3. When do you feel most powerful?
I feel the most powerful or competent really is within myself when I'm moving within my own body. I have the sensations of the earth, in the balls of my feet, I can feel the sensation differently than everyone else. The way that I understand my body, I understand the different nuances of movement, whether it's Mambo to ballet. I'm not saying my leg gets the highest, but I know how to rotate, and I'm not saying I'm a ballroom specialist, but I can move my hips and understand weight shifts and initiation. When I'm watching something and processing, I can see it, understand, and then emulate it. That’s been the beauty of my career. I think that's why I've gotten into so many different companies and so many different jobs, is because I feel like I can see something and understand it. I don't think people really understand that dance is so much more mental than it is physical. It’s so emotional at its essence.
4. What is your biggest challenge as an artist and largest success?
My biggest challenge is managing my ego, which wants to prove to myself that I can do everything. My biggest reward has been those moments where I do everything and I come out of it happy. For example, there was one year I was dancing at Visceral Dance Chicago while having my own project in Milwaukee, while teaching at another studio. This year I have my own company. I guest dance at Visceral while still doing my own projects on the side and teaching in a studio in Michigan. It’s a curse and a blessing all at the same time. One of my biggest successes this year is my company’s six city tour in addition to showcases at many other places. My other biggest challenge to me has been understanding the business side of art, the art industry, learning about booking festivals and such because these are things that are not immune to people. If you want to start a dance company, you need to get an agent, you need to learn to write for grants, you should know about APAP. Oh, and by the way, do you want to be not for profit? Or do you want to get a fiscal sponsorship? Do you want to get investors or do you want to do it yourself? No one's telling you how to begin.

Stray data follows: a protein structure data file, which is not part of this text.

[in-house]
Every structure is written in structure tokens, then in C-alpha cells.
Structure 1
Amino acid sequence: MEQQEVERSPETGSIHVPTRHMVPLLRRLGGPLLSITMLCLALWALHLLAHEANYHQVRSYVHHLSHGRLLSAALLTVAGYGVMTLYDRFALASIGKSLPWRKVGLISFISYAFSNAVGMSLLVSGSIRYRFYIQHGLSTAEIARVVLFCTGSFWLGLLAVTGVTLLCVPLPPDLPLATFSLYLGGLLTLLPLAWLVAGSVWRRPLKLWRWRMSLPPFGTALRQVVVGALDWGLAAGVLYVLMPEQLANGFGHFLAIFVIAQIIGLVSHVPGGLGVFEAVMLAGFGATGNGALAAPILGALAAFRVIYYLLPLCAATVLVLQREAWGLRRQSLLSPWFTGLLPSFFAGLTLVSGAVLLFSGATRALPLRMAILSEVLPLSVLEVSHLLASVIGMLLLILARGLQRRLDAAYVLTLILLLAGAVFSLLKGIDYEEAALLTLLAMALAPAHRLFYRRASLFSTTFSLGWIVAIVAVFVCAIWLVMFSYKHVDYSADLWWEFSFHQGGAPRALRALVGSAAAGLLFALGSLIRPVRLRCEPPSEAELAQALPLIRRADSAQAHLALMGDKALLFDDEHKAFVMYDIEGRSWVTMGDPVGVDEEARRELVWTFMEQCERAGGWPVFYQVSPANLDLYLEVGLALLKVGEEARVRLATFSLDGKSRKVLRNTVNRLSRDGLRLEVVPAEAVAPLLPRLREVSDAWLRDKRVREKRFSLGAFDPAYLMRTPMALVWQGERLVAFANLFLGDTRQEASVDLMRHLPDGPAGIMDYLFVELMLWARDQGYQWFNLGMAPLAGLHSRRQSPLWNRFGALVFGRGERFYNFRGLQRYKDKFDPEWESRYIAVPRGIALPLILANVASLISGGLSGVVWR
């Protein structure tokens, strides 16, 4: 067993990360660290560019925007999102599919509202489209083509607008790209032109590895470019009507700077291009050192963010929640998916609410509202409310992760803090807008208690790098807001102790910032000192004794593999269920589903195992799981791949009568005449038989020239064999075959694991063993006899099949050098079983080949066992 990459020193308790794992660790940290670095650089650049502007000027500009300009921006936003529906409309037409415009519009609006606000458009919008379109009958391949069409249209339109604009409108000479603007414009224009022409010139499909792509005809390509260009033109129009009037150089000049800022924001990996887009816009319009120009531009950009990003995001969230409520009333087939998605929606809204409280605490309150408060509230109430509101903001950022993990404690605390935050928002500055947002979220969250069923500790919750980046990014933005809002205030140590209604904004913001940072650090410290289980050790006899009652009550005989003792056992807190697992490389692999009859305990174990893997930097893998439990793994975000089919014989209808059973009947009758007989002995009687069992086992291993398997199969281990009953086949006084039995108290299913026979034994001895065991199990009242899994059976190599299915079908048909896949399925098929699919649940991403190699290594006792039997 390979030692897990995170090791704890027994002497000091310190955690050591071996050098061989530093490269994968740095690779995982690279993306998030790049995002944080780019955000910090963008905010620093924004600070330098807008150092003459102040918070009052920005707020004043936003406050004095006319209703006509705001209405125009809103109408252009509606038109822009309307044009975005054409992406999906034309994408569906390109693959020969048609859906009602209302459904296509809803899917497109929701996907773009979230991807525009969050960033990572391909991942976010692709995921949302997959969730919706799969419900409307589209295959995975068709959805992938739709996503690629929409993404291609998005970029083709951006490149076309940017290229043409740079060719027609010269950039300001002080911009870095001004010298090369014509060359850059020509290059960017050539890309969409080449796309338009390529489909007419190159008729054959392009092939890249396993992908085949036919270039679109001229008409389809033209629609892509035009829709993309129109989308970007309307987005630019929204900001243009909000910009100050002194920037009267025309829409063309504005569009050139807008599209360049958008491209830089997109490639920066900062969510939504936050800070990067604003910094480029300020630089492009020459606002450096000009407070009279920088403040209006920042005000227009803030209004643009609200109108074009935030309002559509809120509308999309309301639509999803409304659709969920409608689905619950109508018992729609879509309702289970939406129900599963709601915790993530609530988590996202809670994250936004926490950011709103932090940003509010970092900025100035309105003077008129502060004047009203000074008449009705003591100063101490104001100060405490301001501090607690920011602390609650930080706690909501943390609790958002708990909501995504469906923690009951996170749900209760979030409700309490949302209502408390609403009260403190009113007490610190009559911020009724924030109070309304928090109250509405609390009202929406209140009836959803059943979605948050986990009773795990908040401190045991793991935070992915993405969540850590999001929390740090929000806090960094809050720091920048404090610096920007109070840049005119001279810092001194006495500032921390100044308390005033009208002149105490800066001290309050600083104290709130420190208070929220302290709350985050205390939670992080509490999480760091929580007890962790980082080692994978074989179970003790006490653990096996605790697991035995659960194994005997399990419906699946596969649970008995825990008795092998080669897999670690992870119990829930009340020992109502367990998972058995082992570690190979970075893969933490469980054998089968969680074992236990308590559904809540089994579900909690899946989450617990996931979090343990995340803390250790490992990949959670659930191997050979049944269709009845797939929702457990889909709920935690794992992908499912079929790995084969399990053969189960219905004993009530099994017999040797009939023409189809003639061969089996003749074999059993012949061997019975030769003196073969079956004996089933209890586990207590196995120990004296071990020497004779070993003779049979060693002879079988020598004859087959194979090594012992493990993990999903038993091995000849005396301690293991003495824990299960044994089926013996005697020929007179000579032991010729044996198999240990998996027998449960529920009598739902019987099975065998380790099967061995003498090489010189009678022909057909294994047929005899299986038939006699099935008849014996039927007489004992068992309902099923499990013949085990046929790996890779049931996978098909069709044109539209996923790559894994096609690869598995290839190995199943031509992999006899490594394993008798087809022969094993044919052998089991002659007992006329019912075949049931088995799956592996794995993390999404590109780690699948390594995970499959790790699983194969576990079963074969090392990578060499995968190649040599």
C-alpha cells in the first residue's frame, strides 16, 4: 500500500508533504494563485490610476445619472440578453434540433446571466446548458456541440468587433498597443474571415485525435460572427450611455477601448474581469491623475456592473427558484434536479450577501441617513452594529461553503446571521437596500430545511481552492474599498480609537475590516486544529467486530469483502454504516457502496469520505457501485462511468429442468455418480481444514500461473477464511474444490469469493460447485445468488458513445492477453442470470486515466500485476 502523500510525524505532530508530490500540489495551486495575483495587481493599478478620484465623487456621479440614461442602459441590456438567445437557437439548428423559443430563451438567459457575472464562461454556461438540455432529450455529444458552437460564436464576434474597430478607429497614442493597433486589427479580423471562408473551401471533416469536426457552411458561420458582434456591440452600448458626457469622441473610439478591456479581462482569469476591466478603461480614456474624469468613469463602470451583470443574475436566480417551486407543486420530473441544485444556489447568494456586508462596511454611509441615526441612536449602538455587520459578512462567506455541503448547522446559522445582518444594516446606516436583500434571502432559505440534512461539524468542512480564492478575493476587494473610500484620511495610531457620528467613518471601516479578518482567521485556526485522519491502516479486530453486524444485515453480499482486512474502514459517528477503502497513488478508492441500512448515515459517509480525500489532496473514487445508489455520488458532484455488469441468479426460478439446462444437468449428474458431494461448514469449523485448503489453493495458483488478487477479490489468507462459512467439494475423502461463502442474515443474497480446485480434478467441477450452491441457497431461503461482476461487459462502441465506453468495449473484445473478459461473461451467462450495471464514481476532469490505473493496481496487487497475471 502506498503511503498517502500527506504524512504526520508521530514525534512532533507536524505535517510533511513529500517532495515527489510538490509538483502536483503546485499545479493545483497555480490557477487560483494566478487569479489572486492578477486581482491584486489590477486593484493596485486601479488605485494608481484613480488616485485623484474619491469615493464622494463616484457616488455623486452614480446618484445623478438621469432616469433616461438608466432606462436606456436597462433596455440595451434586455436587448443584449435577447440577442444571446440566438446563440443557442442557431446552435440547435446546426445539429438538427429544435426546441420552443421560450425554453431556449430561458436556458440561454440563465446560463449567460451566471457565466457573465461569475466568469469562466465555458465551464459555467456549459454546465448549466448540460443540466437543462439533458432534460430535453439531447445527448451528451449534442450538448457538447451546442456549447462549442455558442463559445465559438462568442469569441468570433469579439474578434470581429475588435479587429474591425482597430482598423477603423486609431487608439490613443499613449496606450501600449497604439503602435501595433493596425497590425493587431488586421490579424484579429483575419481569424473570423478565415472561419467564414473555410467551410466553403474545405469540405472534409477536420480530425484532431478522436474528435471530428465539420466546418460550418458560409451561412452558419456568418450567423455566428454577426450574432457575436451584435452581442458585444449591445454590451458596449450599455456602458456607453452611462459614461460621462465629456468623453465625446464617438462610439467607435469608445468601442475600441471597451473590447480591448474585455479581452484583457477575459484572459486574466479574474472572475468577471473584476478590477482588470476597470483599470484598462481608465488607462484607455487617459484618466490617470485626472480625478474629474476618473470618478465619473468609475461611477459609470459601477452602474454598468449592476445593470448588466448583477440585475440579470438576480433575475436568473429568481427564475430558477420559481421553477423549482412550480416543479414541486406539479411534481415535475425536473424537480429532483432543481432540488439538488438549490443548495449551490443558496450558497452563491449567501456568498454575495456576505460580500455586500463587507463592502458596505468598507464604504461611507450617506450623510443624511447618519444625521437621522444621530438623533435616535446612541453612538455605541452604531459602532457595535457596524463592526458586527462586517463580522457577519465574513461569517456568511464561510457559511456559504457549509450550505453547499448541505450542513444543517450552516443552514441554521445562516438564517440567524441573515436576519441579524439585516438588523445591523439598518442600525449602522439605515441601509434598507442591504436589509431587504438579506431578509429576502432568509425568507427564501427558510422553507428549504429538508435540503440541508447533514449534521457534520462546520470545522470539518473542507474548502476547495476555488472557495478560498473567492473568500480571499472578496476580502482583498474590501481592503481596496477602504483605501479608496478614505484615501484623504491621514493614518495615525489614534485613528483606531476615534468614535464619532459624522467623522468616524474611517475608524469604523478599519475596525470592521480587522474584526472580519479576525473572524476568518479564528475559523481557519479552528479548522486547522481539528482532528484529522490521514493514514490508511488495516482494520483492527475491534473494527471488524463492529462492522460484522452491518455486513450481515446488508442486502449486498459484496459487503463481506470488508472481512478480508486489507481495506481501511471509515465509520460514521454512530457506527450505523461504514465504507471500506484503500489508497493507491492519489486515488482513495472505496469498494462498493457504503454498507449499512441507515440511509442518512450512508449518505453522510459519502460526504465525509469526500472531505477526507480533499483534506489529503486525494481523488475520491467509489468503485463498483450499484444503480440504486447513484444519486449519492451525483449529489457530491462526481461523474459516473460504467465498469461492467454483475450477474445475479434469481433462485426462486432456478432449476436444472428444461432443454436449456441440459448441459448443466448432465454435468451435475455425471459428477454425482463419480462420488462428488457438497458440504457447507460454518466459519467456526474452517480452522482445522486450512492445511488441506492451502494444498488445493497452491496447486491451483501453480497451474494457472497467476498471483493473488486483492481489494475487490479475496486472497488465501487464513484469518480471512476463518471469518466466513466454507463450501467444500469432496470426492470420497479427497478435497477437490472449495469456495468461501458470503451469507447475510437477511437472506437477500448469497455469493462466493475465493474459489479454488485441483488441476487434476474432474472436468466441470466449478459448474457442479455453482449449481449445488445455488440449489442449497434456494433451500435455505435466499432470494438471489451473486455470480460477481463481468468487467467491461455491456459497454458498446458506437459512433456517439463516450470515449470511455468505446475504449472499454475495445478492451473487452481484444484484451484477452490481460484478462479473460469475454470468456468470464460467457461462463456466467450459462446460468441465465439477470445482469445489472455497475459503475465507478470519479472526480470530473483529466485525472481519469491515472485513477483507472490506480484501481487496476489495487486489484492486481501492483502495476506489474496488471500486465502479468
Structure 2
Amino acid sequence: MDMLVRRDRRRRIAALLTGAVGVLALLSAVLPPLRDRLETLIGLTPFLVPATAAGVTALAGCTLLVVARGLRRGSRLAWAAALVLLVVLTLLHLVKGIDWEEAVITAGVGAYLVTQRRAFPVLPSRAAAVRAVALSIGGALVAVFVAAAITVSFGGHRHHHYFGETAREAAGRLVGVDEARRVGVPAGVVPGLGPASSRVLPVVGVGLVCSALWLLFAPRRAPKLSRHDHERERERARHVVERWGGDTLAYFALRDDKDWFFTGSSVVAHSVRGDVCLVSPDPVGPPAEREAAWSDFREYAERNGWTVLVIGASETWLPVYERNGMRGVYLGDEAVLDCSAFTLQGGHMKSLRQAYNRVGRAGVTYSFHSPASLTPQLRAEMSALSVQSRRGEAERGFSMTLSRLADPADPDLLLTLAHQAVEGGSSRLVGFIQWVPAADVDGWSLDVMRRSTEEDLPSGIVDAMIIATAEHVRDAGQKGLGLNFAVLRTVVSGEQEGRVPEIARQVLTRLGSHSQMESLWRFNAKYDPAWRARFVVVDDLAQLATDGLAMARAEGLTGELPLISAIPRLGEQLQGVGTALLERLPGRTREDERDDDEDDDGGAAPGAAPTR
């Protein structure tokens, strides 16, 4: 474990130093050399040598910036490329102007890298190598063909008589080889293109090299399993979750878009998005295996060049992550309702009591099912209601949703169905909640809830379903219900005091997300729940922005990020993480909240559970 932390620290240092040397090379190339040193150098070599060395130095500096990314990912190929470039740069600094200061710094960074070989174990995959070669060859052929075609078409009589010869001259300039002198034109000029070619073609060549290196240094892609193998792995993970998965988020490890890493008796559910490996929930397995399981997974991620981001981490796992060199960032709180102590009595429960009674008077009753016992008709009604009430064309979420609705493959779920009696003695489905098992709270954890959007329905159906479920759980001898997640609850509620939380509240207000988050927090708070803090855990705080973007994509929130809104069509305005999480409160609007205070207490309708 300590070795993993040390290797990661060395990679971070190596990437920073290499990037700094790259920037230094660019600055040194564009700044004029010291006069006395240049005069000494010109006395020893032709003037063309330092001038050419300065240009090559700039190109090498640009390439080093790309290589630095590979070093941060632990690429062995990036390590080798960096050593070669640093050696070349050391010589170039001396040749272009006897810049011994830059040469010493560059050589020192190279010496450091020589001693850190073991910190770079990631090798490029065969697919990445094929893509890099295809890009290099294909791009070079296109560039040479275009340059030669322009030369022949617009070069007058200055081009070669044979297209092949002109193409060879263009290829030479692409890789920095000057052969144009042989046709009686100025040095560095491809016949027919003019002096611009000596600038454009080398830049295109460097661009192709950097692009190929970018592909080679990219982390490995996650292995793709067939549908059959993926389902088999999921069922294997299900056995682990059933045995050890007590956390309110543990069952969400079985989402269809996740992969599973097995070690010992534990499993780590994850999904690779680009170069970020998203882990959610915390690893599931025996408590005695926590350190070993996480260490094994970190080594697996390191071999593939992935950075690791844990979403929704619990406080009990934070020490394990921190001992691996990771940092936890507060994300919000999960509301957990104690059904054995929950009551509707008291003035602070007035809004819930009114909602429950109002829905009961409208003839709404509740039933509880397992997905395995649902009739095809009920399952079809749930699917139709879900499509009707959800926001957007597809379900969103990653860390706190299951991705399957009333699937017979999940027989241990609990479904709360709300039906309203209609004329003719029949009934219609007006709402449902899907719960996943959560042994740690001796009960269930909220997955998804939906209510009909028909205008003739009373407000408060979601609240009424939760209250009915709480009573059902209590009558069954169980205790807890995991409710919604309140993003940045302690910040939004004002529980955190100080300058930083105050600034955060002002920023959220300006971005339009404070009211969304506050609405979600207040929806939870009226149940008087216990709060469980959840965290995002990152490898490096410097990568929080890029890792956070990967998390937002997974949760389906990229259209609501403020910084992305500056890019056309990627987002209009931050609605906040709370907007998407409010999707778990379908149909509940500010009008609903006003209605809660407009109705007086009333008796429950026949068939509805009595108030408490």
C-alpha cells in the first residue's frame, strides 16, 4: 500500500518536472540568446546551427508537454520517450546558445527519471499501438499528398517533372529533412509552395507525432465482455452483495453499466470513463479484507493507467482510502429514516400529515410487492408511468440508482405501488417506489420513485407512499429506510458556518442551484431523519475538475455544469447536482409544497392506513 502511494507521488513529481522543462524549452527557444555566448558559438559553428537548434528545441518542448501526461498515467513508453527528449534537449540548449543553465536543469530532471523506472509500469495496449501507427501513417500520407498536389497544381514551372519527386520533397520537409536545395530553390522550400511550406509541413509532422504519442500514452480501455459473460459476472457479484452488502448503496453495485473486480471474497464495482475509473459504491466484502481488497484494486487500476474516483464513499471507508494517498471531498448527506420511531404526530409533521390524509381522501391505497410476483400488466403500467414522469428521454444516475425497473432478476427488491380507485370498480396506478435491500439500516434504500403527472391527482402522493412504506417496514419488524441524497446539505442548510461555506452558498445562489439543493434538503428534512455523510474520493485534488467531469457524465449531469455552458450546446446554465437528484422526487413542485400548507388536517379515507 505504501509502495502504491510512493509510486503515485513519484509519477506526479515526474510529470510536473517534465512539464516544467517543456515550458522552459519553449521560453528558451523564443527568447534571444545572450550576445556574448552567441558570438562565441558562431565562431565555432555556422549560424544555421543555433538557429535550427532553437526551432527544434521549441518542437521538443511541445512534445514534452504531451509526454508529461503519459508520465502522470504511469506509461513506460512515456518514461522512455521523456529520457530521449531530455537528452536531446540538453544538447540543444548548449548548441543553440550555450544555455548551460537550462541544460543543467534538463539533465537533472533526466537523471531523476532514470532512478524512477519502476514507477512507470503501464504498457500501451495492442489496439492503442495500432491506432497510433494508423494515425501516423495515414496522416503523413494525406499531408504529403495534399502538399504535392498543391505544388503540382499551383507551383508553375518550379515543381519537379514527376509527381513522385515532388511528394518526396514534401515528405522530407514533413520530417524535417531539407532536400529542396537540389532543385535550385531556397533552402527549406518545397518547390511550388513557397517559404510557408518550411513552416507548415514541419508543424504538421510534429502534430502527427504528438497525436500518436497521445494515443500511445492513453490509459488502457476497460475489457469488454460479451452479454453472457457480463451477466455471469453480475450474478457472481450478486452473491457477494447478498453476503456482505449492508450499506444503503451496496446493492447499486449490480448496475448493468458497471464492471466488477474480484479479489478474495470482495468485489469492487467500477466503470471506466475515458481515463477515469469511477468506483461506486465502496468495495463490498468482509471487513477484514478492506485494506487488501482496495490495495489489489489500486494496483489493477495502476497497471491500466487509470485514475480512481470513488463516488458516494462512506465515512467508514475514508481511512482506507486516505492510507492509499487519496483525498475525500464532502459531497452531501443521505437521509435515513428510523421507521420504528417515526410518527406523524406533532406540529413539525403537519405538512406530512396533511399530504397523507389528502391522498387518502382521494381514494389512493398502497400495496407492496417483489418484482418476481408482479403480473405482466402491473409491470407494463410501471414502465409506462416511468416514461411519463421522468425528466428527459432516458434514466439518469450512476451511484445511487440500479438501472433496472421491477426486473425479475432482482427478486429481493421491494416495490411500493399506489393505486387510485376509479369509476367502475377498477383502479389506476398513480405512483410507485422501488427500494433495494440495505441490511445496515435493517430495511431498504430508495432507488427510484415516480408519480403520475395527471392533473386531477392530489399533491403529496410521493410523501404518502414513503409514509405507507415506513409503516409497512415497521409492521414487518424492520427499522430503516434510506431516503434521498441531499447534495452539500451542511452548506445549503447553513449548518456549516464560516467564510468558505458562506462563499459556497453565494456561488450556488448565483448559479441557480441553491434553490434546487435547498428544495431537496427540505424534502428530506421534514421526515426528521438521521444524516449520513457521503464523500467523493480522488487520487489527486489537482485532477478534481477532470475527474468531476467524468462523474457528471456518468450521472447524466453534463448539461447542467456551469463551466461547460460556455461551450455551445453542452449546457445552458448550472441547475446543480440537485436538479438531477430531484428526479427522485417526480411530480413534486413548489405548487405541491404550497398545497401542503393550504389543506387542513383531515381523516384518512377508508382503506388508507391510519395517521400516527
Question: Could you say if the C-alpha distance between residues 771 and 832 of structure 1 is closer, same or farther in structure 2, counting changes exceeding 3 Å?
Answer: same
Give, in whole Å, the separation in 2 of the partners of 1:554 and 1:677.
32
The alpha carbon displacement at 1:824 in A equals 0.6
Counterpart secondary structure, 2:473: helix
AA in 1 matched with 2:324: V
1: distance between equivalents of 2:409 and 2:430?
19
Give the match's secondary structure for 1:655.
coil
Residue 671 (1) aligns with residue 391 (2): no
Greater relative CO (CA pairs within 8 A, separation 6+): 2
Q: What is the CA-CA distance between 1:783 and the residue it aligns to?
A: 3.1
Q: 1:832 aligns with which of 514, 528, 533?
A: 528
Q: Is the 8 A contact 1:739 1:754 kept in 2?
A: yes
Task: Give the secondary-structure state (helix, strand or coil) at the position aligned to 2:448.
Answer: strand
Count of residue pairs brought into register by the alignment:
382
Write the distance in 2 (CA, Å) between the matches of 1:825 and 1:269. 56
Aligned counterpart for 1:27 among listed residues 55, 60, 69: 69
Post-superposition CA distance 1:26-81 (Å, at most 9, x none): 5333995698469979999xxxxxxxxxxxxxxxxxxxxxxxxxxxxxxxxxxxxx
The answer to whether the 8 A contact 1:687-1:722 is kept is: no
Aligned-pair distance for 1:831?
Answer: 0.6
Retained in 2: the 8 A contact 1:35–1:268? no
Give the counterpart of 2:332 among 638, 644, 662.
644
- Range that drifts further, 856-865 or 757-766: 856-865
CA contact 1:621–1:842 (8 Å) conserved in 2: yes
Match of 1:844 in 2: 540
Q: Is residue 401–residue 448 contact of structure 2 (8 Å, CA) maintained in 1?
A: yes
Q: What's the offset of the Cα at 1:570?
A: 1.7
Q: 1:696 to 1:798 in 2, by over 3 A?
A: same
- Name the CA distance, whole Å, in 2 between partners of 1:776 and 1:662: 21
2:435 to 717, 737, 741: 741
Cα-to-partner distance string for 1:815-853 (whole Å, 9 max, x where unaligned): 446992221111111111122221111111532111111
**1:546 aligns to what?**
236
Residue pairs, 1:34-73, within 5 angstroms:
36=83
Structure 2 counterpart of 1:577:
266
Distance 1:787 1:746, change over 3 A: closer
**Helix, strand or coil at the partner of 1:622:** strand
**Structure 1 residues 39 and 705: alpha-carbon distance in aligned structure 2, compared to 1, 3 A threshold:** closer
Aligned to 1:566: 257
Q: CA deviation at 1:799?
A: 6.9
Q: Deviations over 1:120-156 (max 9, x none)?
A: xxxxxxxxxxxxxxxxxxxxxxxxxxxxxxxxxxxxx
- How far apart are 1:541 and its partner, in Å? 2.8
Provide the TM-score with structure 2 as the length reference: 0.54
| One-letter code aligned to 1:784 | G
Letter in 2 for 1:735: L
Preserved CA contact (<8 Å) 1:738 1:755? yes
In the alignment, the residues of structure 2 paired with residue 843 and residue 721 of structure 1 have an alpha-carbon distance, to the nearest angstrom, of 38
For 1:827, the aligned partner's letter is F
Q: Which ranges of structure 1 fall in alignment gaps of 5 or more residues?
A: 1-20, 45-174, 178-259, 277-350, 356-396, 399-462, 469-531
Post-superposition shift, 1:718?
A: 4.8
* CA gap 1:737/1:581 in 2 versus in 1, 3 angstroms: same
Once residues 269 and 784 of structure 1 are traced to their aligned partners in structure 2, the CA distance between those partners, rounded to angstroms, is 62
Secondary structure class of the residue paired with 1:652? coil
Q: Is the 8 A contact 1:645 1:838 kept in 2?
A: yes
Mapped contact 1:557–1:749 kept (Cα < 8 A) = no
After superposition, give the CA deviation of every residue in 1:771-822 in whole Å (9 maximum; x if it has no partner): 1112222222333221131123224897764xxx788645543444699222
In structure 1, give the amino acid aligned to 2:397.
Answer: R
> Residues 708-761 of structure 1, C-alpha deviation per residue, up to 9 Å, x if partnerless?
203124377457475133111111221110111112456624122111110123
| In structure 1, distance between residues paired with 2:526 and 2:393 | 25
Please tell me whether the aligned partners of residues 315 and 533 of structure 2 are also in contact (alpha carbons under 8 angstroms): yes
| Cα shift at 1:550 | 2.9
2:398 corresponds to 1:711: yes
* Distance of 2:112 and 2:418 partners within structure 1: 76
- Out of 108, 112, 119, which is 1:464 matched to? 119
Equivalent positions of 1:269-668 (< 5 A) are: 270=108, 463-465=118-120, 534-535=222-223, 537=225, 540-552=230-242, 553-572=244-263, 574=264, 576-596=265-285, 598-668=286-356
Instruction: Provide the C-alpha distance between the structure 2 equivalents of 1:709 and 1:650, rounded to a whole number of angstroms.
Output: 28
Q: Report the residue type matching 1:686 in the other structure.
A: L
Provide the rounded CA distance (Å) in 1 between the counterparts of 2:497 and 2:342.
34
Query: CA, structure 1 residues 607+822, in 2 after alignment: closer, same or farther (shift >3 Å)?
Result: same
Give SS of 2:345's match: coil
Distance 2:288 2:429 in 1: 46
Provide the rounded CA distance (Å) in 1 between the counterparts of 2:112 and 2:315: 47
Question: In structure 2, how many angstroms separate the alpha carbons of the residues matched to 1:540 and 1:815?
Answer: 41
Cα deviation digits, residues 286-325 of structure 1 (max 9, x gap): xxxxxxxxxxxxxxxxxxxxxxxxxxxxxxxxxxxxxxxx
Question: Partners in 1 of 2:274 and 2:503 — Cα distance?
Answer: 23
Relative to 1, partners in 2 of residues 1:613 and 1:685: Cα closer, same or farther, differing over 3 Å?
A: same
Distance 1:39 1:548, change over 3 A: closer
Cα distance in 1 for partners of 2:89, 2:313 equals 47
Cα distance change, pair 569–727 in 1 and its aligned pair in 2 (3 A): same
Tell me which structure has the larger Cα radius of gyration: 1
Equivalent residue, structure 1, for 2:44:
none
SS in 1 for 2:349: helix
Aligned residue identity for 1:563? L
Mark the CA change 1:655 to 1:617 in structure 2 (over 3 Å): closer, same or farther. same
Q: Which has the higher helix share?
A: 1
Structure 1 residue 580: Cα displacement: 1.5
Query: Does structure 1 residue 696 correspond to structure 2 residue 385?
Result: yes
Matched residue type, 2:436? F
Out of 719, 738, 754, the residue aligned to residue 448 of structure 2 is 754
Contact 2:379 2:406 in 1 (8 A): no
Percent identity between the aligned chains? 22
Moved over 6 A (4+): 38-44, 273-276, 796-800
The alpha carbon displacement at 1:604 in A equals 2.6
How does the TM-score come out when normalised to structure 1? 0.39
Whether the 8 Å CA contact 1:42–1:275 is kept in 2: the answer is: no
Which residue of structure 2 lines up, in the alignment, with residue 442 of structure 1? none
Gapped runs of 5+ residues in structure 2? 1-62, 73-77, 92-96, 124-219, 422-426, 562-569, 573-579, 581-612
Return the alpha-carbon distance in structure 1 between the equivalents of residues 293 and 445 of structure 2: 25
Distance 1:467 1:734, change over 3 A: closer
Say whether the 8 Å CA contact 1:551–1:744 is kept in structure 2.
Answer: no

5. Can you describe your creative process?
I'm very influenced by the artists I work with. I like to look at them as paint colors and think, how can I make a masterpiece on this canvas with these colors that I'm given? It can be a rocky canvas or a smooth canvas. It could be emotional, concert or commercial. God didn't make everyone look the same- everyone's a unique color within our own. So I question, how do I cultivate something that I think is beautiful? I have artists in my company who I could just say, just do you, and they understand what I'm looking for. What gets you to the next level is if you build that trust with whoever is at the front of the room. You really have to trust each other.
6. What do you do when you are not creating? What things outside of the dance industry inspire you and fuel your creativity?
I like to play video games, hang out on the couch with my girlfriend, and sometimes try not to do anything. I love to travel.
7. What is next for you?
Actually, my company just began a five day dance festival called Water Street Dance Festival with classes and artistic directors coming in from their companies.Within this festival my company's going to show a welcome party. There's an open director circle that all this happens through this week. After that, we get a lovely week off, but I'll be going through the competitive choreography circuit because that's how I make most of my money so that I can invest it back into my company. And then my company goes on its first ever tour to Monroe, Michigan in August. As a guest, we're bringing in our first ever resident choreographer to come in and start working on my company at the end of August. And then in September, my company's back on tour for our first ever three city tour in Minnesota. I'm also commissioned to set work on Milwaukee Ballet this year.
8. Anything you’d like to offer to artists?
What I want to share with artists is to tell them just to never give up and that you have to believe in yourself the entire time.